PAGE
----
Yours with every blessing,
This is the third and final commentary on the upcoming General Convention. Before I get to the hot-button issues, let me briefly summarize what I have said thus far.
In my first writing, I shared an analogy, saying that GC is, in some ways like Congress in Washington DC. We must have a Congress, but no one would say that Congress is
America, no more than GC is
the Episcopal Church. And, I would add, the Church of Christ does not consist of bishops, priests, bureaucracies, motions, votes, politicking or activists, but “is that congregation of faithful people, in which the pure Word of God is preached, and the Sacraments duly ministered according to Christ’s ordinance …” (Article XIX, BCP, p. 871). My experience of the Church on the ground—faithful people giving, praying, working for the extension of the Kingdom—is very far removed from the dealings of GC. I know your experience is the same.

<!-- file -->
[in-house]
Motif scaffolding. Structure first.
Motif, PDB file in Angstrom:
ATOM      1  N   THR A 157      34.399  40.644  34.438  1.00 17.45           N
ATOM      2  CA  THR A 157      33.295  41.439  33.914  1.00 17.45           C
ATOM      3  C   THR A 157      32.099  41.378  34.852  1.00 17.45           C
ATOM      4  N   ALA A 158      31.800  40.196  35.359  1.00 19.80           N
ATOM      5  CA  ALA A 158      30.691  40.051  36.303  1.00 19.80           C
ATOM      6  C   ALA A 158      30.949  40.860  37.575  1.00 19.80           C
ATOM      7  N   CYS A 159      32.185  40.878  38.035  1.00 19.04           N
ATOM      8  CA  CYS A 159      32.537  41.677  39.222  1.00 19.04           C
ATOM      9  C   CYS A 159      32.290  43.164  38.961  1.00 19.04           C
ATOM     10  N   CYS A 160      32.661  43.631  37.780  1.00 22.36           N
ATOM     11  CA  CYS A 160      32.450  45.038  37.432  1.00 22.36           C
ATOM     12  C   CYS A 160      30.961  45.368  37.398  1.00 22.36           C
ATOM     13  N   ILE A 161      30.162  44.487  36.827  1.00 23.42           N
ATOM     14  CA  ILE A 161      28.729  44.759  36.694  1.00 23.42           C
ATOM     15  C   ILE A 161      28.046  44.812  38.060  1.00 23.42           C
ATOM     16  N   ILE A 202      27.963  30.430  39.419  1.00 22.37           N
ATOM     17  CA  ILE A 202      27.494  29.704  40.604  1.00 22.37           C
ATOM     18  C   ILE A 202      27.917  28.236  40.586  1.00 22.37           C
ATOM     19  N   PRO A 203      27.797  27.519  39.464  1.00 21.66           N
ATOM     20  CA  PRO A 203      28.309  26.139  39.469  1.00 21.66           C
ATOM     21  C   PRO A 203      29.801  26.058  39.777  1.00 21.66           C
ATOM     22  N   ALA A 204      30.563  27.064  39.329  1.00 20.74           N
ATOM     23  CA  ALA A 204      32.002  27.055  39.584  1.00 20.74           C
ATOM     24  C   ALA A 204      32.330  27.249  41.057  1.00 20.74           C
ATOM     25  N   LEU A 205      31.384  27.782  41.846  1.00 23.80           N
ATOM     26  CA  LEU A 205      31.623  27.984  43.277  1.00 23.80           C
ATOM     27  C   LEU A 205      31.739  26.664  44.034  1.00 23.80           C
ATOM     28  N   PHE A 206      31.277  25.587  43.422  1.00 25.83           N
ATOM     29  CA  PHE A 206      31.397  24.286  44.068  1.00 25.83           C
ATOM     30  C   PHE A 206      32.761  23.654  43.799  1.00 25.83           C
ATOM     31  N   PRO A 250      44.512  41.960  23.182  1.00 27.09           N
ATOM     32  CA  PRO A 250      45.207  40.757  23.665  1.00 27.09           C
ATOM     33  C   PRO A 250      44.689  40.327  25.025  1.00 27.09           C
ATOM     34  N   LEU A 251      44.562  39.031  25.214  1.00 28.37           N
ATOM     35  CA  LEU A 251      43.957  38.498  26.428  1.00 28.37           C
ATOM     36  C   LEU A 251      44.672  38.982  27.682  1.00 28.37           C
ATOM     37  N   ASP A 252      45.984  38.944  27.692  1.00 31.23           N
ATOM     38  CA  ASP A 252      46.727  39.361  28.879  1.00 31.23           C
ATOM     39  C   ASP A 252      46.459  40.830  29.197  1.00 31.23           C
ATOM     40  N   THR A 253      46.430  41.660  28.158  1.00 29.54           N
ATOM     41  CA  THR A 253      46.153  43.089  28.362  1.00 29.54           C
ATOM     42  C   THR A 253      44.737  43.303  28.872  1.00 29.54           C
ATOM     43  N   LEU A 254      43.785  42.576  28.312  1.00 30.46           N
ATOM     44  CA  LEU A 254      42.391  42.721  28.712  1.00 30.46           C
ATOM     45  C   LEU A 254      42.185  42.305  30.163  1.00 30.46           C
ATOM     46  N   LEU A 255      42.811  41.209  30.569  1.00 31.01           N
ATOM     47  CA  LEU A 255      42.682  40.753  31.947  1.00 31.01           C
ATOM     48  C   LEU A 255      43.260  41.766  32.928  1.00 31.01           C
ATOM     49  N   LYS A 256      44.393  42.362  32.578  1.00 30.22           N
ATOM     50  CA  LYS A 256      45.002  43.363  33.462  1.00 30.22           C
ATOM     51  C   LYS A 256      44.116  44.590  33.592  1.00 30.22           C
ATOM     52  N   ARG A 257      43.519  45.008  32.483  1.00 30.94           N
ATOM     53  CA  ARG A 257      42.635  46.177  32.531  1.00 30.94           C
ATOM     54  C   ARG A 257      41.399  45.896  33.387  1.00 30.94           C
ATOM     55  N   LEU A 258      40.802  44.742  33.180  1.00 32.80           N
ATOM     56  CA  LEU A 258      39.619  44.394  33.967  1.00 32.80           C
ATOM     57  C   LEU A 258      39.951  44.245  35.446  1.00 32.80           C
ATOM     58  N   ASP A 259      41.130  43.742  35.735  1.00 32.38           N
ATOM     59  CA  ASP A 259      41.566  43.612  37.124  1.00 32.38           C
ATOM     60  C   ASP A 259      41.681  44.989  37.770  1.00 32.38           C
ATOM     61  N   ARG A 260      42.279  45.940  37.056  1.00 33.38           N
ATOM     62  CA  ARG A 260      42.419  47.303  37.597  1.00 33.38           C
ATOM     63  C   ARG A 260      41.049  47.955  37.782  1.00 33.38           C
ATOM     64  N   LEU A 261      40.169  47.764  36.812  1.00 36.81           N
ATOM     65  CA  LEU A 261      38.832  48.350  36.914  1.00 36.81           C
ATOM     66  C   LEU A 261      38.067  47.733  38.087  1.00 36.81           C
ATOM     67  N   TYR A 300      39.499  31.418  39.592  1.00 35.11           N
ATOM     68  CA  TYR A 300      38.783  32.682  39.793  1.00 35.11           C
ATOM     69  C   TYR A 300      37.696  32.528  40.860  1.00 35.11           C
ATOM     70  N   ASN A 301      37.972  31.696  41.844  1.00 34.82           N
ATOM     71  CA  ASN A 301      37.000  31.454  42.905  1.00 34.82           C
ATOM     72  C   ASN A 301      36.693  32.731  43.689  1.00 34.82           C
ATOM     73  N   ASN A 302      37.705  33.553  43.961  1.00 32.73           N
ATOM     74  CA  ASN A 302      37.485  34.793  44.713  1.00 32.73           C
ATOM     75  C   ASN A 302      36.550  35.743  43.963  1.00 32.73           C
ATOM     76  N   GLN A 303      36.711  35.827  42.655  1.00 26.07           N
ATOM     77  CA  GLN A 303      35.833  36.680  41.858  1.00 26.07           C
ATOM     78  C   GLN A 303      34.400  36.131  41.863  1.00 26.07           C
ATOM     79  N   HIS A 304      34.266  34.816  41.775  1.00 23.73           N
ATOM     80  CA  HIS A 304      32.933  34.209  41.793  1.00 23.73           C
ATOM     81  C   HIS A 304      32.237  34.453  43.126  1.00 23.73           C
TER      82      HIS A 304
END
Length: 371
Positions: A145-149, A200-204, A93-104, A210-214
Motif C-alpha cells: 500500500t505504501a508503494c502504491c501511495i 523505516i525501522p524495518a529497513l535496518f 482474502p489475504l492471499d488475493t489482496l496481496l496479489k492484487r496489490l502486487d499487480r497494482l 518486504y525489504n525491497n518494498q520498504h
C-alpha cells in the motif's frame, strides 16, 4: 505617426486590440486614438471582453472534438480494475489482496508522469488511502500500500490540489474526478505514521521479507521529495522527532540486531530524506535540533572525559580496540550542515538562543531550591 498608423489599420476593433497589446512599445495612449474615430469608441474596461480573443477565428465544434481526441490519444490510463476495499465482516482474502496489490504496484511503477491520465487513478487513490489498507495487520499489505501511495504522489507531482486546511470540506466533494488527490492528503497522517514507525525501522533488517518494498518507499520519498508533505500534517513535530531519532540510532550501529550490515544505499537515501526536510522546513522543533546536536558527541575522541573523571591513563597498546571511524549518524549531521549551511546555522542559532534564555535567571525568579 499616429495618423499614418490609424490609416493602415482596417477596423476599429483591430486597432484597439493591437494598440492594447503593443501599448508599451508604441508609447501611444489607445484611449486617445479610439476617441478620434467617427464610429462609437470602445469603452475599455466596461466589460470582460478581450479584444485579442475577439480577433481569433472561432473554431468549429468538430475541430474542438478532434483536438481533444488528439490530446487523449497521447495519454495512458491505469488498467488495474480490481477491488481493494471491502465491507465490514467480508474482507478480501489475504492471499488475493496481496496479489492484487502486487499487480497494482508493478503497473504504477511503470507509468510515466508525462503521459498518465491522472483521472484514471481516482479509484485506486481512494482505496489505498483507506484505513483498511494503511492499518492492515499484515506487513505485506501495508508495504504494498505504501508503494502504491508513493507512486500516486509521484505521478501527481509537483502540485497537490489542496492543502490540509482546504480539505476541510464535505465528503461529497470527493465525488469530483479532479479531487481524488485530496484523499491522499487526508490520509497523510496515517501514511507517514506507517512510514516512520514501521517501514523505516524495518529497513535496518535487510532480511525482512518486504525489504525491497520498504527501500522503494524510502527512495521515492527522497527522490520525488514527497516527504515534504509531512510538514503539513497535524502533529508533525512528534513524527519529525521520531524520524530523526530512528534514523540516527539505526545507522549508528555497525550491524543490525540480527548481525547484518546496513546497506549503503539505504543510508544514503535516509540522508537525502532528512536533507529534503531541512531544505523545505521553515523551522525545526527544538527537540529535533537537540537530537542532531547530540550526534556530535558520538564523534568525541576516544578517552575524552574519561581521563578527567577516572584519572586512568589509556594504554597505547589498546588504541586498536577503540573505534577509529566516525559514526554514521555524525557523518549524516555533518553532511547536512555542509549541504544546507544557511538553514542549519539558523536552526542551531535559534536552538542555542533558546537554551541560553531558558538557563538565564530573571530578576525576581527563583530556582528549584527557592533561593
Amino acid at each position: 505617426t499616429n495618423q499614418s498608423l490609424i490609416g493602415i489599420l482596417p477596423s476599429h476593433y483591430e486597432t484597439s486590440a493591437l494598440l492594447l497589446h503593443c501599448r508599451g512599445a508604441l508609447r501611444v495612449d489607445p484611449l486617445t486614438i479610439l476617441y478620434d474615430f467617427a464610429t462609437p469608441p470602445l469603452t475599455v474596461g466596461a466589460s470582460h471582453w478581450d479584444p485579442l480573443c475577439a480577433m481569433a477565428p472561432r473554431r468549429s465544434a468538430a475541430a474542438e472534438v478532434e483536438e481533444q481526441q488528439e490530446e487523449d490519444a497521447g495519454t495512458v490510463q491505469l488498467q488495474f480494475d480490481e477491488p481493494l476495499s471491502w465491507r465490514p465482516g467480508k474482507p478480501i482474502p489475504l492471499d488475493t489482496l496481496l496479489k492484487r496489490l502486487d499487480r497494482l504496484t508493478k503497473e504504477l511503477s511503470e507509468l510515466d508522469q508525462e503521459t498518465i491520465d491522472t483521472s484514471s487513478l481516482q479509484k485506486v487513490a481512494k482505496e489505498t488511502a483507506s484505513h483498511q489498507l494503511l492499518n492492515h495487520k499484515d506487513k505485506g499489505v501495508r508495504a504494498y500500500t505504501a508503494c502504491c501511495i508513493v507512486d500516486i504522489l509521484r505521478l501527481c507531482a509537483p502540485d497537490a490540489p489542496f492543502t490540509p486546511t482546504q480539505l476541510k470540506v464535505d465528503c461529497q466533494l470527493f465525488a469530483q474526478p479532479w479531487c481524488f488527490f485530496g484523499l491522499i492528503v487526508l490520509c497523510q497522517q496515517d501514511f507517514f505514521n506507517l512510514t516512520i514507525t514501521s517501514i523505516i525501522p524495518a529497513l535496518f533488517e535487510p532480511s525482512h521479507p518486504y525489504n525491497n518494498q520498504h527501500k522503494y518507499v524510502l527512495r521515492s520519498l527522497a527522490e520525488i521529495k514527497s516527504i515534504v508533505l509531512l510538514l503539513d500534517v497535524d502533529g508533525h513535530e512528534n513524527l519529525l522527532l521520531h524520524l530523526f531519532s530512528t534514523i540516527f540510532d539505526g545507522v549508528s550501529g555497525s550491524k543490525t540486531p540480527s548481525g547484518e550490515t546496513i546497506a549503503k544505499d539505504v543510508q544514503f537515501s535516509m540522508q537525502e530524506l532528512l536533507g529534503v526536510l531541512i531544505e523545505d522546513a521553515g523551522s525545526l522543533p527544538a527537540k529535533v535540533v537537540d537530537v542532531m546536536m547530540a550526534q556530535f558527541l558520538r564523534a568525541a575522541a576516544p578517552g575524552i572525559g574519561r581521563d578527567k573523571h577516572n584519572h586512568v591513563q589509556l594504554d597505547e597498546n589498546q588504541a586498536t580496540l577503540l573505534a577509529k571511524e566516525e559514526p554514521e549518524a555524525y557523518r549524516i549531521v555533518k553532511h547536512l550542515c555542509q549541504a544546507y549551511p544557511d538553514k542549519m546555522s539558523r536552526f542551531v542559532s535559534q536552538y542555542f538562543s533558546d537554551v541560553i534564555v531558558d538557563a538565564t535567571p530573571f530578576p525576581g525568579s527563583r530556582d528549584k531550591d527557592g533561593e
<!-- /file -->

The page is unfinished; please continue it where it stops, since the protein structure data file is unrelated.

In the next installment, I cautioned about the need to be discerning about press reports of the actions of GC. Religion reporters where they still exist, tend to write human interest stories about religious people adopting fashionable causes, and “bad” religious people who failed to adopt those causes. I will make sure that at the conclusion of GC, you have an accurate summary of what the Convention actually accomplished and what it means in practical terms—if anything.